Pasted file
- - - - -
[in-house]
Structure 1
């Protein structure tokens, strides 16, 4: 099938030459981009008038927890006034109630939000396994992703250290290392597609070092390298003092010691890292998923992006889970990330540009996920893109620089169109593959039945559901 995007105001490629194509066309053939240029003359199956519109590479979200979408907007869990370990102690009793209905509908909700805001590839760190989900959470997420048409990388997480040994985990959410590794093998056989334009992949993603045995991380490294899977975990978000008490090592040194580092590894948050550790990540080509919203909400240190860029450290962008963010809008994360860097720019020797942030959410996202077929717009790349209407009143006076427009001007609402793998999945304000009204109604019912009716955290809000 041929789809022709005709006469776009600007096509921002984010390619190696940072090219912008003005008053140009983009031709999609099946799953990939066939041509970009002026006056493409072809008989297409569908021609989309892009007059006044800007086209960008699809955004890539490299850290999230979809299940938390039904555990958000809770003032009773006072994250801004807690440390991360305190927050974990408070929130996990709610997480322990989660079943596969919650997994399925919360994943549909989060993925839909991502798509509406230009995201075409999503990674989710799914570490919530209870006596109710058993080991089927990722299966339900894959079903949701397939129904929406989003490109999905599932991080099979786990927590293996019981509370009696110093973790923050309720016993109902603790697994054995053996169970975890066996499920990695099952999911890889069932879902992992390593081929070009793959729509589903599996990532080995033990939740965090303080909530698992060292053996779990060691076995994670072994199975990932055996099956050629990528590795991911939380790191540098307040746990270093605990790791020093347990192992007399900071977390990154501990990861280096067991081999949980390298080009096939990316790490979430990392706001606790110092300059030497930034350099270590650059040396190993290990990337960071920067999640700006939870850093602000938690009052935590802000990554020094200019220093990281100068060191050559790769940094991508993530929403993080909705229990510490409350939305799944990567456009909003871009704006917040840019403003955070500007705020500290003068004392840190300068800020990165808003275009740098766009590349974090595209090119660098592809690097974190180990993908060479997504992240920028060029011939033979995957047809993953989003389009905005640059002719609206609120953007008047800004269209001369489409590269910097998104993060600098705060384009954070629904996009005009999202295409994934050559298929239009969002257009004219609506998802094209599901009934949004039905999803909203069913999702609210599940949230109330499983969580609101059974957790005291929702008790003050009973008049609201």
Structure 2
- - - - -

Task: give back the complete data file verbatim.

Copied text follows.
[in-house]
Structure 1
């Protein structure tokens, strides 16, 4: 099938030459981009008038927890006034109630939000396994992703250290290392597609070092390298003092010691890292998923992006889970990330540009996920893109620089169109593959039945559901 995007105001490629194509066309053939240029003359199956519109590479979200979408907007869990370990102690009793209905509908909700805001590839760190989900959470997420048409990388997480040994985990959410590794093998056989334009992949993603045995991380490294899977975990978000008490090592040194580092590894948050550790990540080509919203909400240190860029450290962008963010809008994360860097720019020797942030959410996202077929717009790349209407009143006076427009001007609402793998999945304000009204109604019912009716955290809000 041929789809022709005709006469776009600007096509921002984010390619190696940072090219912008003005008053140009983009031709999609099946799953990939066939041509970009002026006056493409072809008989297409569908021609989309892009007059006044800007086209960008699809955004890539490299850290999230979809299940938390039904555990958000809770003032009773006072994250801004807690440390991360305190927050974990408070929130996990709610997480322990989660079943596969919650997994399925919360994943549909989060993925839909991502798509509406230009995201075409999503990674989710799914570490919530209870006596109710058993080991089927990722299966339900894959079903949701397939129904929406989003490109999905599932991080099979786990927590293996019981509370009696110093973790923050309720016993109902603790697994054995053996169970975890066996499920990695099952999911890889069932879902992992390593081929070009793959729509589903599996990532080995033990939740965090303080909530698992060292053996779990060691076995994670072994199975990932055996099956050629990528590795991911939380790191540098307040746990270093605990790791020093347990192992007399900071977390990154501990990861280096067991081999949980390298080009096939990316790490979430990392706001606790110092300059030497930034350099270590650059040396190993290990990337960071920067999640700006939870850093602000938690009052935590802000990554020094200019220093990281100068060191050559790769940094991508993530929403993080909705229990510490409350939305799944990567456009909003871009704006917040840019403003955070500007705020500290003068004392840190300068800020990165808003275009740098766009590349974090595209090119660098592809690097974190180990993908060479997504992240920028060029011939033979995957047809993953989003389009905005640059002719609206609120953007008047800004269209001369489409590269910097998104993060600098705060384009954070629904996009005009999202295409994934050559298929239009969002257009004219609506998802094209599901009934949004039905999803909203069913999702609210599940949230109330499983969580609101059974957790005291929702008790003050009973008049609201």
Structure 2